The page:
Furthermore, on an overall view of the facts of this case, we think that plaintiff is not entitled to recover. Plaintiff was not under any compulsion to enter into the contract. However, before it did so contract, it studied the specifications prepared by the defendant and decided they were unworkable. It then proposed changes in the specifications and, after further study, revised its proposed changes and assured the defendant that a contract based thereon would be performed and additionally would result in a system of greater precision than that orginally required by the defendant. When the formal contract was executed by the parties on August 11, 1954, it incorporated the pertinent aspects of plaintiff's proposal and deleted the conflicting aspects in the original specifications.


Thus, while free to refrain from contracting, plaintiff came forward with its own design which was integrated into the contract. From the above, it is readily apparent that plaintiff believed it could not perform under the Government's specifications. However, it not only believed possible, but promised to perform under its own substituted specifications. Under these circumstances, we are faced with the fact that plaintiff had full knowledge of the perils of performance and entered into the contract with its eyes open. This, in our opinion, would indicate that plaintiff fully assumed the risks of impossibility of performance. It also underscores our earlier conclusion regarding the nonperformance clause of the contract, in that had the parties intended to shift the risk of impossibility of perfecting the system from the plaintiff to the defendant, they doubtlessly would not have relied on such an inappropriately worded clause referring only to extraneous contingencies.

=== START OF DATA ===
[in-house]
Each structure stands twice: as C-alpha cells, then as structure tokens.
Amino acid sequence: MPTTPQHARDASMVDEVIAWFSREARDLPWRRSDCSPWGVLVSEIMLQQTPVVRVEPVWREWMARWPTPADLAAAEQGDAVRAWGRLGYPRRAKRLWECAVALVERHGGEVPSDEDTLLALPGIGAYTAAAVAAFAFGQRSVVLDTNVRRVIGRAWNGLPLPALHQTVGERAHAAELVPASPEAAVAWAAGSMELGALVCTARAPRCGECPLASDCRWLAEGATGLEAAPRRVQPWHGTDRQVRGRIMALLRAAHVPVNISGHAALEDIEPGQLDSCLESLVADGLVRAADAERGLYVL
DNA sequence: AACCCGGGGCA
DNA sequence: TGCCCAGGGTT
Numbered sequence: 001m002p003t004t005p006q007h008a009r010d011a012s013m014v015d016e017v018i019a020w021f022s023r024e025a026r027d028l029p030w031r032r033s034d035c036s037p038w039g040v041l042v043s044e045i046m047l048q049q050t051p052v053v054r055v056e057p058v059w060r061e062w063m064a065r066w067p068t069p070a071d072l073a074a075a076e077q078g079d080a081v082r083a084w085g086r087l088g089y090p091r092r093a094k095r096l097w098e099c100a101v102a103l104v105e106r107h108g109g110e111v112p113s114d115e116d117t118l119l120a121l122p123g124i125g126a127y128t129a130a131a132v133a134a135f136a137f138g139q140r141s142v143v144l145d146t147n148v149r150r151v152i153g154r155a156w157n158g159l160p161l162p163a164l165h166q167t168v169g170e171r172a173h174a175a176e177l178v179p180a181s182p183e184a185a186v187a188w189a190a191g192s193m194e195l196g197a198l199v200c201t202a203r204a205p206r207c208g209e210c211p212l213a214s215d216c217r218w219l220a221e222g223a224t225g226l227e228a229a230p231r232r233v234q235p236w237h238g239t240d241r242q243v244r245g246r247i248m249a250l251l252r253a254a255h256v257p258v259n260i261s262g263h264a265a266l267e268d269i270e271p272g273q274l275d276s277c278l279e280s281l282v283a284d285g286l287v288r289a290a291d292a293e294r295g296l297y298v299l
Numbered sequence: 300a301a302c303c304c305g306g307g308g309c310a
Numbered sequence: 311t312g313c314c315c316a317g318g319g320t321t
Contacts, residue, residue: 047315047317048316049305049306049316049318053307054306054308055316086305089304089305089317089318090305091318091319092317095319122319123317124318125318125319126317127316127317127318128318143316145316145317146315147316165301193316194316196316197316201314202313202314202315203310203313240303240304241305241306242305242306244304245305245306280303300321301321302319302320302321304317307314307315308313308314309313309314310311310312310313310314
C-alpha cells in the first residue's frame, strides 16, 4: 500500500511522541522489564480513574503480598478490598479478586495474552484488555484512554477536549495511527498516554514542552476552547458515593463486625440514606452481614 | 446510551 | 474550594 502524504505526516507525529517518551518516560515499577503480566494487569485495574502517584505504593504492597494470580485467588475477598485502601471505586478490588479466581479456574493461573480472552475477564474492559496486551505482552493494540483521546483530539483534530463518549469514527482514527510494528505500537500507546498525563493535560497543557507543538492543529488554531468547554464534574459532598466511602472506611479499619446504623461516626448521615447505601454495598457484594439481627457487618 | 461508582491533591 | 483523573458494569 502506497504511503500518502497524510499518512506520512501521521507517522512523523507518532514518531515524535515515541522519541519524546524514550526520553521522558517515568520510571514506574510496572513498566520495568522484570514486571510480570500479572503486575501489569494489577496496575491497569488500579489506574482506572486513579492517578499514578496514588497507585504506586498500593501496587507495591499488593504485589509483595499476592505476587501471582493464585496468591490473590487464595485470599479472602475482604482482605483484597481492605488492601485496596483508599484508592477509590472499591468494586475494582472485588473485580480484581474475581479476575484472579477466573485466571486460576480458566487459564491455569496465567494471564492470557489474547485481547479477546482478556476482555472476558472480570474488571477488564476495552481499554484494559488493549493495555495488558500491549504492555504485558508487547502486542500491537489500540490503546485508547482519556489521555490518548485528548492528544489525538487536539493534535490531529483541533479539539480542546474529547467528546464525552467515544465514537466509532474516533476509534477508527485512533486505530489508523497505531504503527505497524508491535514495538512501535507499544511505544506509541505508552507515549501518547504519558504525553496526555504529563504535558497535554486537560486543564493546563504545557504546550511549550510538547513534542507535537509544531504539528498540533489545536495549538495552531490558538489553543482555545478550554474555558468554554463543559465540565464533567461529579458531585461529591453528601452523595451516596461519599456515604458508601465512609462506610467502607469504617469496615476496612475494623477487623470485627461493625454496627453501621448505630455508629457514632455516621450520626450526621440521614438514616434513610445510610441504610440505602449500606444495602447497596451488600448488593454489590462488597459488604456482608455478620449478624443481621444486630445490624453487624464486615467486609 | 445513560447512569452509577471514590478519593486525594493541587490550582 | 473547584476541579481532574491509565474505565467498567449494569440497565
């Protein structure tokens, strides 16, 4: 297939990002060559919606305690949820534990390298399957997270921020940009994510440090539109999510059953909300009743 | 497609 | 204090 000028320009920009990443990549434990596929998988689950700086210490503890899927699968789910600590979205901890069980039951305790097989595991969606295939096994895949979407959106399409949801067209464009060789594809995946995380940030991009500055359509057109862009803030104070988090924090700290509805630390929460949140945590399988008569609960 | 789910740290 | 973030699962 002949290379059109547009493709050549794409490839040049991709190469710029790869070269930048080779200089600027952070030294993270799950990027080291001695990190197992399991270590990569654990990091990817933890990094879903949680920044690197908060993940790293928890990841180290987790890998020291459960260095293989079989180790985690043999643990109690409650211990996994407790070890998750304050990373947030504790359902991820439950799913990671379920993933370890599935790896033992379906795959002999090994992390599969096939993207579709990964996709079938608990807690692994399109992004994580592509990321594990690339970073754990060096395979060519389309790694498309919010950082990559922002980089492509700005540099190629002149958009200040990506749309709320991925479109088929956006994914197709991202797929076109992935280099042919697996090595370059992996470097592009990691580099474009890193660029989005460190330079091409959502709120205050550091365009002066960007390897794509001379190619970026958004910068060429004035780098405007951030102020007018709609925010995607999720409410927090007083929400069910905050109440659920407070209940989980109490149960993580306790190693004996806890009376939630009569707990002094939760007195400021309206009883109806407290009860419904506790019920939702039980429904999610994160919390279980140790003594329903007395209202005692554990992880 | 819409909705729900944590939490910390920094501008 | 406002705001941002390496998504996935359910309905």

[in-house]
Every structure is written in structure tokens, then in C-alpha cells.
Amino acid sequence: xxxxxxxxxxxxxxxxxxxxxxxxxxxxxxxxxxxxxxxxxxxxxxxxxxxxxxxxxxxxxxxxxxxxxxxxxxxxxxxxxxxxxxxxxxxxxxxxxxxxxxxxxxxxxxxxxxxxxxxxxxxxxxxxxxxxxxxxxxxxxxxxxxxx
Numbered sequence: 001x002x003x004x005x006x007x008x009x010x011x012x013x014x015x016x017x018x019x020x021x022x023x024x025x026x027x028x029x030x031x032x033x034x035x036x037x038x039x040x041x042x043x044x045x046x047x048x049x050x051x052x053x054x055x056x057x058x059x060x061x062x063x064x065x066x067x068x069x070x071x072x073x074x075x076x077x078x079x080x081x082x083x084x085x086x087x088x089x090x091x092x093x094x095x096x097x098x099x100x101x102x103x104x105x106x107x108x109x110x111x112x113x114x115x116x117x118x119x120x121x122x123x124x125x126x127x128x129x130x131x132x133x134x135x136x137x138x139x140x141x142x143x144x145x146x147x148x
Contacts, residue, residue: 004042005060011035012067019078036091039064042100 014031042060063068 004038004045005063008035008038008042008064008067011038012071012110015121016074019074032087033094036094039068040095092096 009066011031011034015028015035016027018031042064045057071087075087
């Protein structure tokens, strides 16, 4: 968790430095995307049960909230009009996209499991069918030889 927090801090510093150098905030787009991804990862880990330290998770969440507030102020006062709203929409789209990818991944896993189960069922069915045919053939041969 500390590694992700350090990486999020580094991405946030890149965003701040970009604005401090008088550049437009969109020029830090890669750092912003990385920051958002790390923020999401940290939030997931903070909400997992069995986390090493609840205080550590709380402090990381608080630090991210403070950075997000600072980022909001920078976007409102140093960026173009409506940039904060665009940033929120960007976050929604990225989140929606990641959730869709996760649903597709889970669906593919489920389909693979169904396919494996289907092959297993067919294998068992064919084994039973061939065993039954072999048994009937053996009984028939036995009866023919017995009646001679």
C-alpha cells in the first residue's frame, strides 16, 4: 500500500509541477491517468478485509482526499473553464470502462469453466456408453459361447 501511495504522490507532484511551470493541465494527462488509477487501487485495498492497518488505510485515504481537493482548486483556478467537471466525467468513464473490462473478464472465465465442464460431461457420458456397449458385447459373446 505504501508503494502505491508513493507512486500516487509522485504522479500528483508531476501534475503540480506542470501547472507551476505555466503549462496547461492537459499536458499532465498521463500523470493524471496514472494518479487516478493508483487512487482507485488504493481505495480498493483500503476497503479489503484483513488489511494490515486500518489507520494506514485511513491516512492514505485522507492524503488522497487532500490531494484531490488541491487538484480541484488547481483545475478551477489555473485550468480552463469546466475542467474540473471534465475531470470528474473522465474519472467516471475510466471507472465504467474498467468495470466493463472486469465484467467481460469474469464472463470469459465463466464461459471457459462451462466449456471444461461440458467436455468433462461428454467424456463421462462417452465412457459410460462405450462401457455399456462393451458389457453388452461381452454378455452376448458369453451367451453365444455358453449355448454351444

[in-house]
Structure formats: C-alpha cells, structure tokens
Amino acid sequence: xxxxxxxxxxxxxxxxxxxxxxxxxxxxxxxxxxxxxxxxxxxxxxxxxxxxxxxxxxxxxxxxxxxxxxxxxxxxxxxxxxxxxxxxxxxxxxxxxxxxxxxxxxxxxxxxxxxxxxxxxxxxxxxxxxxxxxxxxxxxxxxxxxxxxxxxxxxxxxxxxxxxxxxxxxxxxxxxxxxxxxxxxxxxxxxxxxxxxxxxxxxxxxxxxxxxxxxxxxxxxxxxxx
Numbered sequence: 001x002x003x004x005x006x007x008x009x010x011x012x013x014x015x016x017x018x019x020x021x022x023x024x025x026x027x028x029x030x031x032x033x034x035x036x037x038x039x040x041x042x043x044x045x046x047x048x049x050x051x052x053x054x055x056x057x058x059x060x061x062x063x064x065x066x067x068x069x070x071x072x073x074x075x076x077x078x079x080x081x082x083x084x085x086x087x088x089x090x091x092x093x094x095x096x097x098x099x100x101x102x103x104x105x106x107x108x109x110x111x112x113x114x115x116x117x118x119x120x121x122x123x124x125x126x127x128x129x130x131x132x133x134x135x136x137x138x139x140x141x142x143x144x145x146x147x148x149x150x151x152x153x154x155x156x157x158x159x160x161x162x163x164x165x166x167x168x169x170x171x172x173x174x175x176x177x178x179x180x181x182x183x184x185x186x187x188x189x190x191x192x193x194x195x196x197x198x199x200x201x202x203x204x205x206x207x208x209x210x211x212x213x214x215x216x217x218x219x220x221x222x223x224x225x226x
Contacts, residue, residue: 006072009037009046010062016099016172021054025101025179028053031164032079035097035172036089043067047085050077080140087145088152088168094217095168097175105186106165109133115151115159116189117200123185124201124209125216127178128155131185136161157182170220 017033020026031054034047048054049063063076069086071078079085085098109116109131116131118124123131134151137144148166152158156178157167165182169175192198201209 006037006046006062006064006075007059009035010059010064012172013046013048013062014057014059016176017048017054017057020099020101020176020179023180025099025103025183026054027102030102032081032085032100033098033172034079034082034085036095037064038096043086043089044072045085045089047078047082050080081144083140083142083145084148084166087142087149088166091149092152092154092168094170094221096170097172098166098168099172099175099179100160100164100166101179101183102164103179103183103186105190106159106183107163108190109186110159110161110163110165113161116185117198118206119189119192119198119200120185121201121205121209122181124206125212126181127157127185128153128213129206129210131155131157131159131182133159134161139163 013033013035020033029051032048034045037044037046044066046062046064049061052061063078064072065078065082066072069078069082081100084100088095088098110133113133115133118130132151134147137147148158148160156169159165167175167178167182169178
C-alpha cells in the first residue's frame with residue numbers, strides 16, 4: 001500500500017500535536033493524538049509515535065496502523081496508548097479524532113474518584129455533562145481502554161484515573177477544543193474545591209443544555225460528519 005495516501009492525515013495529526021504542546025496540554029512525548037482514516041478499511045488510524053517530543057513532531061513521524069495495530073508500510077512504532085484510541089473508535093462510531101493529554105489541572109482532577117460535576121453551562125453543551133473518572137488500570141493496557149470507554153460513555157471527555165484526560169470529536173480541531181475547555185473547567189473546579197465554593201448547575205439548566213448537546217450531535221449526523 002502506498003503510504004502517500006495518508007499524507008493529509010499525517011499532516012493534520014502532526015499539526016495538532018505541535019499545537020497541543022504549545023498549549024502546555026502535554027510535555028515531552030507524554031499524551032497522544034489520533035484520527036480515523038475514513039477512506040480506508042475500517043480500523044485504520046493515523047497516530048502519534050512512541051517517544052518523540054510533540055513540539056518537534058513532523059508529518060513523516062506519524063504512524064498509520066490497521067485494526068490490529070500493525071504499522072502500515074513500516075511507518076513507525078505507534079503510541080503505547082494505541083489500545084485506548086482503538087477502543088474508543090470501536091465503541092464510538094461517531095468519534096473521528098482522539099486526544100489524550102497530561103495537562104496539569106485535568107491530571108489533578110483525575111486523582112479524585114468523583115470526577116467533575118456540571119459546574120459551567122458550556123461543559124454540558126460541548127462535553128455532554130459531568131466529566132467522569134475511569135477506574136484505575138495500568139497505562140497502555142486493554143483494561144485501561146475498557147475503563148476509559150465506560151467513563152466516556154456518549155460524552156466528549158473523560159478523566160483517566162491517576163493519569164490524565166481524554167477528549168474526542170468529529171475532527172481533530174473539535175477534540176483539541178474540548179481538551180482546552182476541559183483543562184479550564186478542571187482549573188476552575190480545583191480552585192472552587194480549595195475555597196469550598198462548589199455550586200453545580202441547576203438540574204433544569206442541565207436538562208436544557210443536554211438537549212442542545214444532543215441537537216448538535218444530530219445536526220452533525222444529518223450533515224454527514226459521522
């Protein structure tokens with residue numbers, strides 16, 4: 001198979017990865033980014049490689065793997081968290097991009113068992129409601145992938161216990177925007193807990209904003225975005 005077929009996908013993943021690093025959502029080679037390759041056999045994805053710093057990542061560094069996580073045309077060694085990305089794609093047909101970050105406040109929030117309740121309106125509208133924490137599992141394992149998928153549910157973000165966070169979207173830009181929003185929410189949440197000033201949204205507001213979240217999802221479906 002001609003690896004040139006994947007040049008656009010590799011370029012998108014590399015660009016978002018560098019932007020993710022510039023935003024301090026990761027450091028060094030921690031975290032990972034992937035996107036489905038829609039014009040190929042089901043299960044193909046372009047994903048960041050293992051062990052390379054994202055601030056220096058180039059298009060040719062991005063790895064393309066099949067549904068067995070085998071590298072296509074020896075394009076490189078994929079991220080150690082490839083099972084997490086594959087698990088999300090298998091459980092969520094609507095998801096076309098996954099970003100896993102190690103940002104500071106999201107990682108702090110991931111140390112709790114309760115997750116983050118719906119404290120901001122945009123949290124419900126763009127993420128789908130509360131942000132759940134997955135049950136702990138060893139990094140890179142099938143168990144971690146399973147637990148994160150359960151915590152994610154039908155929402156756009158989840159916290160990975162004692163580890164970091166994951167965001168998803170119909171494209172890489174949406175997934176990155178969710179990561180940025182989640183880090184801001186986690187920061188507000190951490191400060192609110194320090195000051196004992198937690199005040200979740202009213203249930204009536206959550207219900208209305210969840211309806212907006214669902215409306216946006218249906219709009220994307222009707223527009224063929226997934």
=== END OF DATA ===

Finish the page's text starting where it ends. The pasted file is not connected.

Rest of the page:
In addition, this court has always held that the Government is responsible for its own specifications and, if for any reason, plaintiff had been hindered in performance or suffered losses by reason thereof, due to defective specifications, the Government is liable for such losses. See Helene Curtis Industries, Inc. v. United States, Ct.Cl., 312 F.2d 774, and cases cited therein. We can think of no reason why the converse of this should not apply to plaintiff.


In other words, plaintiff drew up the specifications and thereby undertook a firm obligation to perform thereunder. In this climate plaintiff must turn the same square corners as required of the Government and is bound by specifications of its own making.


If the plaintiff, under the facts and circumstances above outlined, were permitted to recover, it would be to say that a contractor assumes nothing upon signing a contract. It would permit a contractor to gamble on a contract of this nature and force the Government to pay the expense of its gamble. Under most circumstances contractors expend money, sometimes in great amounts, in preparation of a bid and then in preparation for performance. They take a risk and are bound by the assumption thereof, unless the contract specifically provides otherwise.


For the above reasons, plaintiff's motion for summary judgment is denied, and defendant's cross-motion is granted. Plaintiff's petition is dismissed.